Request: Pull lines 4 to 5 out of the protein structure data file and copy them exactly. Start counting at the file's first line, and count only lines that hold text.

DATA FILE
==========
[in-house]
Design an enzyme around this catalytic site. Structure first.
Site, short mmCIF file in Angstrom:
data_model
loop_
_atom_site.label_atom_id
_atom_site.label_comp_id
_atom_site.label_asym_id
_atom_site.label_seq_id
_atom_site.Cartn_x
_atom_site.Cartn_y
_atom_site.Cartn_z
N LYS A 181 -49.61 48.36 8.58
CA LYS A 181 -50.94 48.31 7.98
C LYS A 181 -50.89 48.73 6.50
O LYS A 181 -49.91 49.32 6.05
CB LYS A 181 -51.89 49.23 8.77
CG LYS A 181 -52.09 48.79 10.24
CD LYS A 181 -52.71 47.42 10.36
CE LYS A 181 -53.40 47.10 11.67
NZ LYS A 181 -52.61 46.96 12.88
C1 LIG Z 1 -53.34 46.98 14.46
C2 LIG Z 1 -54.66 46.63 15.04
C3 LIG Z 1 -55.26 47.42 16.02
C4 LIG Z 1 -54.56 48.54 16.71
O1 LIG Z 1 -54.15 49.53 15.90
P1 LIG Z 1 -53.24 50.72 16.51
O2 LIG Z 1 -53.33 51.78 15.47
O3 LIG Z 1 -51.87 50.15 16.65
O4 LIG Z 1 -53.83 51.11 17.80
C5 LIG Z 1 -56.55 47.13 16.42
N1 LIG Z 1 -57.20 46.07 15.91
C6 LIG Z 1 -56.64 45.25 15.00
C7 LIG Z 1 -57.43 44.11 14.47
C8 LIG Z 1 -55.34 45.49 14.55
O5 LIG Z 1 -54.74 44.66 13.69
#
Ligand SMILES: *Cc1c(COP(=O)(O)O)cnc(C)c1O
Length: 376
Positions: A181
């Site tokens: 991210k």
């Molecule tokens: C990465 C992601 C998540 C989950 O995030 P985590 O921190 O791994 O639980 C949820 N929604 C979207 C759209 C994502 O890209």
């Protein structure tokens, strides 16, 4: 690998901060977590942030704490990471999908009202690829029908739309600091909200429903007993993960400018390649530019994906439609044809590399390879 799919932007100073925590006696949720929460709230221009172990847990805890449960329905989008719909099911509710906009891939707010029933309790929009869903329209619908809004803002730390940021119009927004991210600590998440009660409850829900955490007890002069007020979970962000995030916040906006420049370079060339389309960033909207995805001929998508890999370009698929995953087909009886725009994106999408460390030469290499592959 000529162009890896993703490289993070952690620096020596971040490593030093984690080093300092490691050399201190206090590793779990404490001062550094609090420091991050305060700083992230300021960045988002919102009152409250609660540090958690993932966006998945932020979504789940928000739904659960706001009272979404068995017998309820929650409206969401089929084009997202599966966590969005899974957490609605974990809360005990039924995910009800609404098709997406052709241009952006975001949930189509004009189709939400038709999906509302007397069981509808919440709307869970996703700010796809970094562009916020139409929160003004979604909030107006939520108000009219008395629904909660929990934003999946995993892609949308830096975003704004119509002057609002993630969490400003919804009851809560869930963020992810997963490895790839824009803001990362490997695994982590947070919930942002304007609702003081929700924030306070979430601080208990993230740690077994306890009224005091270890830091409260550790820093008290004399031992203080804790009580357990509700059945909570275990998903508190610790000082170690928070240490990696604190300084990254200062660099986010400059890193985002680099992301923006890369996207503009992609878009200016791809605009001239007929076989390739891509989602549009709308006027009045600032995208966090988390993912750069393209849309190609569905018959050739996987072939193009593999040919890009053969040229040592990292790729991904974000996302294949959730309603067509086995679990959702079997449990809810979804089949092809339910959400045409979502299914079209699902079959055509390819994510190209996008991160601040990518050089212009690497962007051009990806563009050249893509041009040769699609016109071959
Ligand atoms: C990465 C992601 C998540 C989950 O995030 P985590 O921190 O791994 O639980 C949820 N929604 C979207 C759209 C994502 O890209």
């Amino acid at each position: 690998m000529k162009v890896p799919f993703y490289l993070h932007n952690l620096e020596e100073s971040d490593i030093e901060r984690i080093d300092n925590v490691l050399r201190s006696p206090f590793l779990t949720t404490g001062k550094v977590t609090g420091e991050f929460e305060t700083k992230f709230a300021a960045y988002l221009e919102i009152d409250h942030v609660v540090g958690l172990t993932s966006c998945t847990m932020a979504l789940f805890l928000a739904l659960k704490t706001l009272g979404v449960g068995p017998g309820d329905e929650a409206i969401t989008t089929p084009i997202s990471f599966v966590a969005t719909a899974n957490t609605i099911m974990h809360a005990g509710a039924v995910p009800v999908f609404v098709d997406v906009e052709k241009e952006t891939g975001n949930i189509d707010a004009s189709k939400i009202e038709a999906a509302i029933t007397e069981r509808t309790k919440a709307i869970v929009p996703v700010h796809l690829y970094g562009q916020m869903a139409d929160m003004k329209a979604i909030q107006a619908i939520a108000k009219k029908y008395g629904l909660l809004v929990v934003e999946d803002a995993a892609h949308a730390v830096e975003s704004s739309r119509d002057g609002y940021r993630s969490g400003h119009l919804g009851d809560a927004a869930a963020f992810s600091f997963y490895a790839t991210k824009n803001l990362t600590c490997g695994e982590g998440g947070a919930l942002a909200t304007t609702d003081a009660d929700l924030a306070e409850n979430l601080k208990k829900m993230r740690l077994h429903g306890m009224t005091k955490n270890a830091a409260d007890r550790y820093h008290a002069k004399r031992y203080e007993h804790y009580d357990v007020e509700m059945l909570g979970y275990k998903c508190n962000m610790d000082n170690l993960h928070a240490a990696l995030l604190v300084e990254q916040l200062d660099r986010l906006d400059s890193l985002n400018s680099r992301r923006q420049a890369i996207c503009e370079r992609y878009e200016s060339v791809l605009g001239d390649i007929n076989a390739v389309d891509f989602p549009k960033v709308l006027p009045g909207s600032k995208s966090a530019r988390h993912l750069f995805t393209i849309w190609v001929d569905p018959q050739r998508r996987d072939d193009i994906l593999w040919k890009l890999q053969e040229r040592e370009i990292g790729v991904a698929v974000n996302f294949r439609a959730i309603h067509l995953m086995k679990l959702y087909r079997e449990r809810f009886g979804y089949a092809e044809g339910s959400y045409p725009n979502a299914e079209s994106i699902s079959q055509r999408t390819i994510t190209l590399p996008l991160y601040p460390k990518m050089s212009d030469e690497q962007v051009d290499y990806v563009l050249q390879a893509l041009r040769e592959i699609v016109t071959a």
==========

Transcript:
data_model
loop_